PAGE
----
Add to that you can buy a Magical Repository (ultimate campaign pg 99) for 730gp and add an extra +3.
So 6 ranks, +3 class skill, +3 magical repository, +5 magical item, +3 skill focus +2 trait bonus from Theoretical Magician = +22 without any INT bonus. With his +8 that would be +30 take 10 is a 40.
A 40 lets you make pretty much any magical item in the game.

He's still cheating, he's just doing it blatantly and lying about it. There is no way at 6th level he is coming up with the money for the material components... well... unless the DM just handed out hundreds of thousands of gold.

Sovereign Court RPG Superstar 2011 Top 32

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If the GM wants an in-game reason for a rationality reset (which it sounds like is sorely needed), just have one of the pissed off high level guys fight the wizard with some of their own wishes. "I wish that guy had never owned a candle of invocation" seems to do the trick. Give the PC wizard a DC30 or so Will save to avoid it.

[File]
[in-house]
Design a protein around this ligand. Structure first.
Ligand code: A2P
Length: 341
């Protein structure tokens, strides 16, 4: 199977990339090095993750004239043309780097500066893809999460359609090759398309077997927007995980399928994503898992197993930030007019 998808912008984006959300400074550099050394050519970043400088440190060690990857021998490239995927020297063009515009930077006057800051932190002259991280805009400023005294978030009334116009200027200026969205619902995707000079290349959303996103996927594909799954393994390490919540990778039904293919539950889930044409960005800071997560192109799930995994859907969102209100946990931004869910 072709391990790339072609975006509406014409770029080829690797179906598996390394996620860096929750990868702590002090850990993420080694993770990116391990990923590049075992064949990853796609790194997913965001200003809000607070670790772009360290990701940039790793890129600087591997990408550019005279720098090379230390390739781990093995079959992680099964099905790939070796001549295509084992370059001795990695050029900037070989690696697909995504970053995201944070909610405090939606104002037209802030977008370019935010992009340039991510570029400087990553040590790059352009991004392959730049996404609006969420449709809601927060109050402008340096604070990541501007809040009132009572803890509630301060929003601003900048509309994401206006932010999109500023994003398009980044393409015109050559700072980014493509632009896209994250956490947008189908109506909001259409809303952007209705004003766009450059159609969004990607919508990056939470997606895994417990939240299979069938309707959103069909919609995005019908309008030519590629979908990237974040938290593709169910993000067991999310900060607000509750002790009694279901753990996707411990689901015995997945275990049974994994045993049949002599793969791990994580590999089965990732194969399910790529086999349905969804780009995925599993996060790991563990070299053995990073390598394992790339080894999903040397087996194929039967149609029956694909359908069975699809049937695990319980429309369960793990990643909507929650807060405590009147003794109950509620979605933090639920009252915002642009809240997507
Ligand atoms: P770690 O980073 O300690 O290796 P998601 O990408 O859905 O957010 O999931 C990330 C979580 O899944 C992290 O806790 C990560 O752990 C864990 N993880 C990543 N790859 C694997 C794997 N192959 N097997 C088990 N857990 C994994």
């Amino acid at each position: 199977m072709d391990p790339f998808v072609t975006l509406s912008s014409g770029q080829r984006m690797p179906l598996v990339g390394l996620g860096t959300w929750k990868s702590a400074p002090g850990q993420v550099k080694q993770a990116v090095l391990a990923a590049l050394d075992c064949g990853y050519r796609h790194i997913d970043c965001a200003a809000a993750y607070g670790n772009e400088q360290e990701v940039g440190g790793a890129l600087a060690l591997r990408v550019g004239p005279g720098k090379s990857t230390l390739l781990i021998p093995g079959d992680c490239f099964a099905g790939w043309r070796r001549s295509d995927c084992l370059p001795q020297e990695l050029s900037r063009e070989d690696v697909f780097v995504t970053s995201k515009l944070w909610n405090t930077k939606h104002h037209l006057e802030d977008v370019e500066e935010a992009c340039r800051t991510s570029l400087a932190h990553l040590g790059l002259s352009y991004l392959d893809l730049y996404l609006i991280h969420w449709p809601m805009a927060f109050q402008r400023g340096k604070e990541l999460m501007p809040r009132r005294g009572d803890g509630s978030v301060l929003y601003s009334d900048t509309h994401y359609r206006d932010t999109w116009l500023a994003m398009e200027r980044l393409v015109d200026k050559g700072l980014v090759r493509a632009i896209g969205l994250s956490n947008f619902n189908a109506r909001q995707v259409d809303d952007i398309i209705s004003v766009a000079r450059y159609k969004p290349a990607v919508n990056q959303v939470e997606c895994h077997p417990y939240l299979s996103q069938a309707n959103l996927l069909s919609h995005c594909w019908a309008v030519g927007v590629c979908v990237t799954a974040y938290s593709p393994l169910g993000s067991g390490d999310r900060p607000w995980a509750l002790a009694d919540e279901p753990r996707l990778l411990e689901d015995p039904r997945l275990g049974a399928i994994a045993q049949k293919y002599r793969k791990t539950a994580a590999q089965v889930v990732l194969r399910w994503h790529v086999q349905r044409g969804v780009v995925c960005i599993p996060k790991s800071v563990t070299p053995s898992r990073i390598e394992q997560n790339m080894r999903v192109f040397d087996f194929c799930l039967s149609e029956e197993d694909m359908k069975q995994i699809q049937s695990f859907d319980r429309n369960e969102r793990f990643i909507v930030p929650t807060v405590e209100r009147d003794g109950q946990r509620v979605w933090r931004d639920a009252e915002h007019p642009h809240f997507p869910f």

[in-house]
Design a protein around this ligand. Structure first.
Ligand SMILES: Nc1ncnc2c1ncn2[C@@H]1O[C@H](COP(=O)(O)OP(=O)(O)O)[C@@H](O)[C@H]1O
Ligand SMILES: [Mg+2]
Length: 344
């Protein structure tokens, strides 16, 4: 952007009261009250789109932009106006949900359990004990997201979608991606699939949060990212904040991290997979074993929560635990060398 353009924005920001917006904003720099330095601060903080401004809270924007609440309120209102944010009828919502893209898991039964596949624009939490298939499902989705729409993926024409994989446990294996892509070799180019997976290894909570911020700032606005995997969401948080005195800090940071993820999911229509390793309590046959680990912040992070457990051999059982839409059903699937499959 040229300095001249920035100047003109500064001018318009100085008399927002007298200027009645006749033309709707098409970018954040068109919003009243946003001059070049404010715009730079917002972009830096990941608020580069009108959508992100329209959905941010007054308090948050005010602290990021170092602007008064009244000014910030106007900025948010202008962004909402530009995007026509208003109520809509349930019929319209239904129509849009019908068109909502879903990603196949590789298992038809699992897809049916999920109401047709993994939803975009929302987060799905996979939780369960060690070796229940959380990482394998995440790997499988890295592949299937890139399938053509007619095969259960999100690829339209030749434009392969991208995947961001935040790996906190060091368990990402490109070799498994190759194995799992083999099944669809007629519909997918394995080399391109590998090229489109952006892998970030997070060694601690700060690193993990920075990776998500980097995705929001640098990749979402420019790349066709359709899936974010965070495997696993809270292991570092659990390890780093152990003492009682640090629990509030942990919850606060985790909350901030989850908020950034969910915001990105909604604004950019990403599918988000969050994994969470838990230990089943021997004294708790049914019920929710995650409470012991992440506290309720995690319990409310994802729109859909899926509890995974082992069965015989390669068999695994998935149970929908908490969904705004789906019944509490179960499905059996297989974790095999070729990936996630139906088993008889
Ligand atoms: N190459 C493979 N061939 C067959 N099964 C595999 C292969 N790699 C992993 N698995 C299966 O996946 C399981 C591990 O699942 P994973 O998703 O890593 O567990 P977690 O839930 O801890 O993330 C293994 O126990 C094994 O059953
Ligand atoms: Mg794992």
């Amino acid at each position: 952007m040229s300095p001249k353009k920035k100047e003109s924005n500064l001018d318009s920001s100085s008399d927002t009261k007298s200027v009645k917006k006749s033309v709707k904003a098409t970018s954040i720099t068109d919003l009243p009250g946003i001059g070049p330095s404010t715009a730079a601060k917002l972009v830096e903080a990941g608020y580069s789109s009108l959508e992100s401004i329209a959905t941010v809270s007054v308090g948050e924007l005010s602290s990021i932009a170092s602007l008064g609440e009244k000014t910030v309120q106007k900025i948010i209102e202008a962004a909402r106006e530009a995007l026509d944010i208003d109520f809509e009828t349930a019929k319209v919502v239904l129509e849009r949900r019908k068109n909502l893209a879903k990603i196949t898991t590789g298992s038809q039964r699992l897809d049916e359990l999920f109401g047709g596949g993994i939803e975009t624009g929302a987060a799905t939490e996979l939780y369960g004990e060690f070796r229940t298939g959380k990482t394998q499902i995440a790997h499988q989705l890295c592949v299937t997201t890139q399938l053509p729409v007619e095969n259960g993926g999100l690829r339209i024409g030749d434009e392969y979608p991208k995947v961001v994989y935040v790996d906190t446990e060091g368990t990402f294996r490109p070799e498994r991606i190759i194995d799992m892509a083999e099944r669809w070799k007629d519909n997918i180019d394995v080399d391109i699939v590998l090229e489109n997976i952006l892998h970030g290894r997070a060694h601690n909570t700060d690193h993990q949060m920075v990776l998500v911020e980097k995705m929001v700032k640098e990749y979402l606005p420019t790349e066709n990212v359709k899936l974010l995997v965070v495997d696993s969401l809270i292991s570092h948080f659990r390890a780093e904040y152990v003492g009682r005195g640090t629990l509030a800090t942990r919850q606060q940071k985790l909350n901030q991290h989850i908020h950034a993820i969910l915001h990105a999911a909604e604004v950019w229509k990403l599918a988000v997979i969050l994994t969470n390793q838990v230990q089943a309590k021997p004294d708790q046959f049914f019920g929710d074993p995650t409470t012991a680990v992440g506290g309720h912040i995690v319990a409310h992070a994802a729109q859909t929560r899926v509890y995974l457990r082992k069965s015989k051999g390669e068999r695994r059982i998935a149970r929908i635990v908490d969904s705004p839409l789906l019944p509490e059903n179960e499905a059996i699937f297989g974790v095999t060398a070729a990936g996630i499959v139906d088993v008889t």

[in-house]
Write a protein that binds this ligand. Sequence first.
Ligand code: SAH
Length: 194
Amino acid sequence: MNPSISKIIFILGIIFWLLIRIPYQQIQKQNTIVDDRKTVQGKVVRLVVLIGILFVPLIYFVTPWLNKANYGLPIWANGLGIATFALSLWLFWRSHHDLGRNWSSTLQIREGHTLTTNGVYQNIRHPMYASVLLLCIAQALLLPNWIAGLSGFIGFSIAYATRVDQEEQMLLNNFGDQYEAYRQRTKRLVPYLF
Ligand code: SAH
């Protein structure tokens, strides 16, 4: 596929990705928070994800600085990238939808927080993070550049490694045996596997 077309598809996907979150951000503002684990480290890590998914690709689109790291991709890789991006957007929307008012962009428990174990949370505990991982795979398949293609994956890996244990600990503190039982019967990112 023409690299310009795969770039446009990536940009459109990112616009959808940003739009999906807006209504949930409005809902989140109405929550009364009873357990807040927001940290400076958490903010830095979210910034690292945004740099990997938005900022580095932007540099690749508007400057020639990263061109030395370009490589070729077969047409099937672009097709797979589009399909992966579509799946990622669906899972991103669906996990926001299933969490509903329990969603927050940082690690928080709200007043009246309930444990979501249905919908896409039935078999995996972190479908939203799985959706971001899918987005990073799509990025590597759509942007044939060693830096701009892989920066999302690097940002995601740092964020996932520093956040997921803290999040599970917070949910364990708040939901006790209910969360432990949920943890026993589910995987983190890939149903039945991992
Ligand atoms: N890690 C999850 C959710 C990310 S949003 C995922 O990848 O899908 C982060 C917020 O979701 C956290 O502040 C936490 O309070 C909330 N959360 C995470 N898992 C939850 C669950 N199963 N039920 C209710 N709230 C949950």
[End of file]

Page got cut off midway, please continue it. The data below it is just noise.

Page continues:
Now the wizard is back to normal, and as a bonus most of the epic enermies have less reason to be pissed off.

Grand Lodge

If I understand correctly it is illegal to use your spell book in pathfinder society as a scroll even if doing so loses the spell from your spell book,
it is also illegal to use another's spell book as a scroll.
And is no exception to this rule?


Yes, there are no exceptions. This is because it's not actually a rule in the first place, just a common houserule people have used. Other people's houserules have no place in PFS (only their own houserules).